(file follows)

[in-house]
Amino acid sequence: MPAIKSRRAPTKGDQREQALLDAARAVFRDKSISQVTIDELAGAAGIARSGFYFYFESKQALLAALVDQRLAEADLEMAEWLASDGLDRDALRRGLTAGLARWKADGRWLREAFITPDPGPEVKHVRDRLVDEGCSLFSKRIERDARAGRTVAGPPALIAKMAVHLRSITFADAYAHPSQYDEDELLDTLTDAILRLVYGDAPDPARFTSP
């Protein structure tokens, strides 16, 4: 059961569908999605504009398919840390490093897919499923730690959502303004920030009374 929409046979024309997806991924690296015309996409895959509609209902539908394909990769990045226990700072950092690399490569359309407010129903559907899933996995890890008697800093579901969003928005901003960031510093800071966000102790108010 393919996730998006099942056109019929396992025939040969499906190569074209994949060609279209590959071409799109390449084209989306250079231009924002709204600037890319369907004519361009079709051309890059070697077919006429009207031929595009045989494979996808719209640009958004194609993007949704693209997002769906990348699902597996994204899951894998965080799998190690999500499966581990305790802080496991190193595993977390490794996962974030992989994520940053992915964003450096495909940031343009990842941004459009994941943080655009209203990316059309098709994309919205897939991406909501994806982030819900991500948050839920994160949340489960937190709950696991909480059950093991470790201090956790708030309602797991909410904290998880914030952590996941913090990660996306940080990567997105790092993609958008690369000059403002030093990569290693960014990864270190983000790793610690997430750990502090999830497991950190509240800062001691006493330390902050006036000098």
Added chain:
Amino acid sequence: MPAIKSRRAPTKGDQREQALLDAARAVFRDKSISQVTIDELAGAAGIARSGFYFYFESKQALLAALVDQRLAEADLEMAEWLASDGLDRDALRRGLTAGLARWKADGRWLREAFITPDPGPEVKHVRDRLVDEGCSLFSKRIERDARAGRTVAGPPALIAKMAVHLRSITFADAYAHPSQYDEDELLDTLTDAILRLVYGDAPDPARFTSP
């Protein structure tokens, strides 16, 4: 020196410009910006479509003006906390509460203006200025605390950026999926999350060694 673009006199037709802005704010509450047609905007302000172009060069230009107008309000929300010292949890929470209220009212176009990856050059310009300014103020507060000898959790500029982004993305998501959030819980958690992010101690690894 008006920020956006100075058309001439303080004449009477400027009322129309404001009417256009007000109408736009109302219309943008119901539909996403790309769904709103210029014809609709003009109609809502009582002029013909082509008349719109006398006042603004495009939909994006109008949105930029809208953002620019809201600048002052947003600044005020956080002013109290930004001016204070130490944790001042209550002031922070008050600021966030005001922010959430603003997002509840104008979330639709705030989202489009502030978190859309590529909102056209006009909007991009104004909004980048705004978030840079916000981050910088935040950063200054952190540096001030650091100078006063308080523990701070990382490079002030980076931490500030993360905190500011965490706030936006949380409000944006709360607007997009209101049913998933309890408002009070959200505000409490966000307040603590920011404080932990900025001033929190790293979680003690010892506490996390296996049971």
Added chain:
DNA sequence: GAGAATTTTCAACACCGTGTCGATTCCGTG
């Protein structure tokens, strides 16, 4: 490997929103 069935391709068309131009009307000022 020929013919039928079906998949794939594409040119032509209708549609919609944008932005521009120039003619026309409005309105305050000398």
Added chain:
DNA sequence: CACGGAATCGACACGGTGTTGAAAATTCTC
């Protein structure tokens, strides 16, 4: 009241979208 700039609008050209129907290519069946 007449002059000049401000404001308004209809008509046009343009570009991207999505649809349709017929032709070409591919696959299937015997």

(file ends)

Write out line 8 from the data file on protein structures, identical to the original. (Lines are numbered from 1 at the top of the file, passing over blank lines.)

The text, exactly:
DNA sequence: GAGAATTTTCAACACCGTGTCGATTCCGTG